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Cussonia transvaalensis

(Transvaal Cabbage Tree)

Small to medium-sized tree up to 5 m, with attractive, coarsely textured grey-green foliage. The bark is corky and deeply longitudinally fissured. The small, green flowers are borne in dense finger-like structures in spring-summer and they are pollinated by insects. The flowers are followed by the production of small, purple-black berries, which are relished by many species of fruit-eating birds. It requires well-drained soil and a warm garden as it is frost tender. It can tolerate more water in the garden than what it gets in the wild and makes a lovely garden subject. It attracts birds. Named for Pierre Cusson 1727-1783 who was a French Jesuit, mathematician, physician, professor and botanist who traveled extensively and wrote many publications.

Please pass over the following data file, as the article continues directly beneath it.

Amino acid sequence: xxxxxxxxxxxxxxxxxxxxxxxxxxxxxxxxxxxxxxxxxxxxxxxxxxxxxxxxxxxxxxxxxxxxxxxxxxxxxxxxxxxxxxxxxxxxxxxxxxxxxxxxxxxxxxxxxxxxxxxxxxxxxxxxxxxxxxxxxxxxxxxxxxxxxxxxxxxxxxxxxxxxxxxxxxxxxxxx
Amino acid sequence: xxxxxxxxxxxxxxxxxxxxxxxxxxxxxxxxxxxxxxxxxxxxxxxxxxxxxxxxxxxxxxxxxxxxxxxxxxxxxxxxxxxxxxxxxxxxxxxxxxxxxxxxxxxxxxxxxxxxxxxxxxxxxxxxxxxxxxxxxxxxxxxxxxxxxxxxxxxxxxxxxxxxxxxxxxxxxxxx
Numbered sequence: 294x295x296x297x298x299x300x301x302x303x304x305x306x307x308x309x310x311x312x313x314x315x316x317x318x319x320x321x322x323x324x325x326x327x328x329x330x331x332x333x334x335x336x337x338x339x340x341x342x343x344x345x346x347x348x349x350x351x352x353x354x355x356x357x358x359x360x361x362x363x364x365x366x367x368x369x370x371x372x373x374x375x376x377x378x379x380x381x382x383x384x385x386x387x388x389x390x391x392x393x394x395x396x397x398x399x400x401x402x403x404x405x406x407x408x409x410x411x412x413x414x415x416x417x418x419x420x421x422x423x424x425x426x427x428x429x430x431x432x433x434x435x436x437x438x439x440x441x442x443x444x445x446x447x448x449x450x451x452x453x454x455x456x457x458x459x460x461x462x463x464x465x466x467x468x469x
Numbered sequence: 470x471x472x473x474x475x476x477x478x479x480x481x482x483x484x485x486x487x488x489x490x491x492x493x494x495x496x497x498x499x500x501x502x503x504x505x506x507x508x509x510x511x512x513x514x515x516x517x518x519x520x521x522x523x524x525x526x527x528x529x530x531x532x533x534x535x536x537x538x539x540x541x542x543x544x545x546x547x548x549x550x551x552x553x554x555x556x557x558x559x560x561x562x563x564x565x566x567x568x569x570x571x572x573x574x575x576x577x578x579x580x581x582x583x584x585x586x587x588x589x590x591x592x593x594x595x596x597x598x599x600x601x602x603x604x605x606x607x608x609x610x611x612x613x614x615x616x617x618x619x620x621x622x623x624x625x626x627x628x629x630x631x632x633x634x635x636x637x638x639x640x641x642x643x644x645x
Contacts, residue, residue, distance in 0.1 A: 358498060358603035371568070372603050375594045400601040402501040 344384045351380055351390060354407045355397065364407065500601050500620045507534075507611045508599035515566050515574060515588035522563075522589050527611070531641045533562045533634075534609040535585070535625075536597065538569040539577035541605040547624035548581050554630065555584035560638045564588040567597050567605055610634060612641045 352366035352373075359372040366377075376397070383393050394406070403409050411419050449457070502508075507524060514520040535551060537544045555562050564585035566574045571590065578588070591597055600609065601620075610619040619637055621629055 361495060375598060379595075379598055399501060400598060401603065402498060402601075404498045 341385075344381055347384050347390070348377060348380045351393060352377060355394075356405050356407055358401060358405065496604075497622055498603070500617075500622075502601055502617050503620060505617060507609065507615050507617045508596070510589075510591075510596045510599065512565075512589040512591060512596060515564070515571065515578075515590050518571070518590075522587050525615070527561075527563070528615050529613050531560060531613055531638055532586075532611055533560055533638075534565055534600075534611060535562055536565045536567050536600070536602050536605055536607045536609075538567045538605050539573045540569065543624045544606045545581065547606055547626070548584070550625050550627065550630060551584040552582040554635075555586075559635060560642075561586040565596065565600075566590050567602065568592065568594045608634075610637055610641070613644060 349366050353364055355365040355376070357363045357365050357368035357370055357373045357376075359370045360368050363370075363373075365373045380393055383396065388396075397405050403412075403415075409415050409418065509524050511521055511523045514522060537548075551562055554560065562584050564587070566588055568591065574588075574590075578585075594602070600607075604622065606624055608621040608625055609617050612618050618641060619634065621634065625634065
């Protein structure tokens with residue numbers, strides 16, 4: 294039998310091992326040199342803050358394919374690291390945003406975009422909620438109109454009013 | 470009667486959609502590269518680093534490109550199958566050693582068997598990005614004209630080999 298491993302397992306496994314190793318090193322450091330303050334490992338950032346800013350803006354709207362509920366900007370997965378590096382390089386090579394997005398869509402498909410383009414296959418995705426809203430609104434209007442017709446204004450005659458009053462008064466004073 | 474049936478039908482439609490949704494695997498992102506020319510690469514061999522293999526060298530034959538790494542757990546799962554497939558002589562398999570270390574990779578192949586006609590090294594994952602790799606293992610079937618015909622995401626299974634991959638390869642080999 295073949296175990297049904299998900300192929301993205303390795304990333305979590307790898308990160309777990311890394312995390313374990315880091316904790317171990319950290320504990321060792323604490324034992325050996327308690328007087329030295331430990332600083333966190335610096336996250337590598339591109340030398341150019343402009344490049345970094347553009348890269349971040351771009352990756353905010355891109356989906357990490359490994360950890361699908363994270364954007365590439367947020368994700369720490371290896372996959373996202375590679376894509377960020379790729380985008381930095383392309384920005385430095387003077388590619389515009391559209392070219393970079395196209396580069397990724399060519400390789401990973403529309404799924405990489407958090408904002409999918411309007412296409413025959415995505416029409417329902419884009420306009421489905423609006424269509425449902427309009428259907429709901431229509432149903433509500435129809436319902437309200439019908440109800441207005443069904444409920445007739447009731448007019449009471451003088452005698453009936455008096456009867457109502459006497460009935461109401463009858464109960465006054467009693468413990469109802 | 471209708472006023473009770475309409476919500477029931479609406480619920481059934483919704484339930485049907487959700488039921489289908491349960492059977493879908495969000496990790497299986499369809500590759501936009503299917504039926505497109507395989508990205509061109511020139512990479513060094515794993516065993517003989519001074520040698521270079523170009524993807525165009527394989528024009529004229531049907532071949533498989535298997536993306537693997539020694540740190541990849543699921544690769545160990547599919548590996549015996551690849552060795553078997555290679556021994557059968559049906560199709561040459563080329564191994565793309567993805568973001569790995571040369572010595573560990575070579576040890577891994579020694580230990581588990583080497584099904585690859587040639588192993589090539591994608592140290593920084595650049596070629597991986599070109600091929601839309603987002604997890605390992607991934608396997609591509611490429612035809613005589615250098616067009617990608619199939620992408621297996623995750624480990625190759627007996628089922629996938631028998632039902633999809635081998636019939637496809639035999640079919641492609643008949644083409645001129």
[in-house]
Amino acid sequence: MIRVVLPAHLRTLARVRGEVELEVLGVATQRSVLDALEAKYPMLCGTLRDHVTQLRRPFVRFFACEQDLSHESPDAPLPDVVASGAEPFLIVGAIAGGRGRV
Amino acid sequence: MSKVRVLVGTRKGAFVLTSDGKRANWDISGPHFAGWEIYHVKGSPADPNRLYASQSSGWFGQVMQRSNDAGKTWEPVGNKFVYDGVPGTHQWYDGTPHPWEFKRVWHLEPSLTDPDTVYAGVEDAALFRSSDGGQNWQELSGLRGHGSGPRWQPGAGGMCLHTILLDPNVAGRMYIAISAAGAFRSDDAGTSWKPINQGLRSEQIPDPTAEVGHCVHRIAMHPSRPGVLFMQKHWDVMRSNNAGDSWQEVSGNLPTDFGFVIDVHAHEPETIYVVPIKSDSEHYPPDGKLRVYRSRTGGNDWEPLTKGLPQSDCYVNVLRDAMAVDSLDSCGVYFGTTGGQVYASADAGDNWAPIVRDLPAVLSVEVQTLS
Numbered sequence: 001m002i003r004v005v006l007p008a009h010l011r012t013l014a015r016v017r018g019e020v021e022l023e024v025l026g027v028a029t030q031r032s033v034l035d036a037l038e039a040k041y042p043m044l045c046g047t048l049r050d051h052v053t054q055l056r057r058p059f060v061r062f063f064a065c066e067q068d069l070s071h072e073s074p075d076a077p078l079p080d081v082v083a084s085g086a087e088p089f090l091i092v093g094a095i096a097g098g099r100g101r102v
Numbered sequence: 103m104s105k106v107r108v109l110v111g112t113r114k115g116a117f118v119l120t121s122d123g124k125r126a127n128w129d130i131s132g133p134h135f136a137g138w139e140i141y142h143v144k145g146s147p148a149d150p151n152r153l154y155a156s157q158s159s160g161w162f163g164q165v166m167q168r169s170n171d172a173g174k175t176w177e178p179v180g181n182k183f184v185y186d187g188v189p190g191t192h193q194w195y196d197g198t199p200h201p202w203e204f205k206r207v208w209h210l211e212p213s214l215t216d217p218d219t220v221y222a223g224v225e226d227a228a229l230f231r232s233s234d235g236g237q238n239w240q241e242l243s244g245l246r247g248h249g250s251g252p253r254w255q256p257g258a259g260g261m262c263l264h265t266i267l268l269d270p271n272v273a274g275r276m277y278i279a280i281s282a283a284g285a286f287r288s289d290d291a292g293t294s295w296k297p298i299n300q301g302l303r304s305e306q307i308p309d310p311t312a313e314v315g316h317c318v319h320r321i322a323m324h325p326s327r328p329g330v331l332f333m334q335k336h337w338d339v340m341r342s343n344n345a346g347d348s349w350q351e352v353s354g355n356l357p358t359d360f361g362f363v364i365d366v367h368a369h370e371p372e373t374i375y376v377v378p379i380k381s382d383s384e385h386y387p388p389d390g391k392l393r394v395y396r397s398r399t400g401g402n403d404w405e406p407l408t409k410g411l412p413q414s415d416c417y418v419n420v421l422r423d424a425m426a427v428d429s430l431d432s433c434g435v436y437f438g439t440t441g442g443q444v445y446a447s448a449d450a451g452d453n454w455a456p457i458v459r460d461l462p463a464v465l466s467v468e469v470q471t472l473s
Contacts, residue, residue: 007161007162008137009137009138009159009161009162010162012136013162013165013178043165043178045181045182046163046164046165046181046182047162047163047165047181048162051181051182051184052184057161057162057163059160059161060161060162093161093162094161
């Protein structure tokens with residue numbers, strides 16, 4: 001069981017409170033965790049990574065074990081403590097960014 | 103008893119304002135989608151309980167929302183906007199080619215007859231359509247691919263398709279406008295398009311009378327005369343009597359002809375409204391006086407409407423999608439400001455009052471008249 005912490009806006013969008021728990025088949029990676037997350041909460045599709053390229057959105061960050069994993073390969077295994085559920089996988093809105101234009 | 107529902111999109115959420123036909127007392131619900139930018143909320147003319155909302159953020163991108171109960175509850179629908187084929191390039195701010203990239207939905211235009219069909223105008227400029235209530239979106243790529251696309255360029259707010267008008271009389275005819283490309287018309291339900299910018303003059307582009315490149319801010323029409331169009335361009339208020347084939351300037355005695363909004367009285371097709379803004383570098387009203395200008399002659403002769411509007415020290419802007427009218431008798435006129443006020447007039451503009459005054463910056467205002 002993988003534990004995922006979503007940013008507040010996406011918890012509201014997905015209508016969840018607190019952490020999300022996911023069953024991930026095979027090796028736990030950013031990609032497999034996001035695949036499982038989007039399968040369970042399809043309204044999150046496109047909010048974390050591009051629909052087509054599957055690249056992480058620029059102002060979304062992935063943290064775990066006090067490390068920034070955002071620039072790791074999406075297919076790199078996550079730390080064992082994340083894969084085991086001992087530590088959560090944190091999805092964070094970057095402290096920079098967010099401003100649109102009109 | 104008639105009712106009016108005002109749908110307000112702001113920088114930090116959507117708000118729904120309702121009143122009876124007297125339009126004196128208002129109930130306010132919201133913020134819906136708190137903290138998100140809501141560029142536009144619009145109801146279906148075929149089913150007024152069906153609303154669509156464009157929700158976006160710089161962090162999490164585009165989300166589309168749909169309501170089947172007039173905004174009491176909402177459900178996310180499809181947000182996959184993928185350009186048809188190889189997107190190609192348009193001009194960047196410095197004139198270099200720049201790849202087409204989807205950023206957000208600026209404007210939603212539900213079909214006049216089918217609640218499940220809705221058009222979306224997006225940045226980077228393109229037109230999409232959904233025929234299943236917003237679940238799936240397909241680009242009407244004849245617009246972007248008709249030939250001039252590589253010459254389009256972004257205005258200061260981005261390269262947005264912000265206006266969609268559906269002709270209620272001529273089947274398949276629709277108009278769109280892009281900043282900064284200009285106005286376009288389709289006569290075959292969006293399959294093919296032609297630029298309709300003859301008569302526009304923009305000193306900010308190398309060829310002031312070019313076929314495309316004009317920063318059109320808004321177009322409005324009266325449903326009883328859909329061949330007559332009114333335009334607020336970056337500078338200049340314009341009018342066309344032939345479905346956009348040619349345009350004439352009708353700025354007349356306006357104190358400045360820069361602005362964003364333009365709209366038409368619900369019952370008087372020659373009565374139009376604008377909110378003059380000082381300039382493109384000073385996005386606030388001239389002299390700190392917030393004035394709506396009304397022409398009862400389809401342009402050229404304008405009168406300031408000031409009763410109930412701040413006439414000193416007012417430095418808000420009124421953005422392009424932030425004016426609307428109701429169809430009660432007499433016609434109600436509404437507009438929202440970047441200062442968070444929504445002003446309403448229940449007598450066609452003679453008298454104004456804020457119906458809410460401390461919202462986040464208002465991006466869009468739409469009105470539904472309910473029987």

Peddiea africana

(Green Flower Tree)

This is a much branched shrub or small tree in the fringes or in underbrush of evergreen forests. It is found along the South African east coast in Mpumalanga and Limpopo, as well as in Zimbabwe, Swaziland, Mozambique and further north in tropical Africa. The leaves are simple, spirally arranged or alternate and they are glossy green and leathery. The flowers are tubular. Flower colour may be greenish yellow or tinted red-brown or maroon in spring to summer. The fruit is a berry that turns purple or black when ripe, sometimes with a tuft of creamy hairs at the tip. While the plant is poisonous, the fruits are eaten by birds. The bark is used to make rope. Named for John Peddiea who died in 1840.

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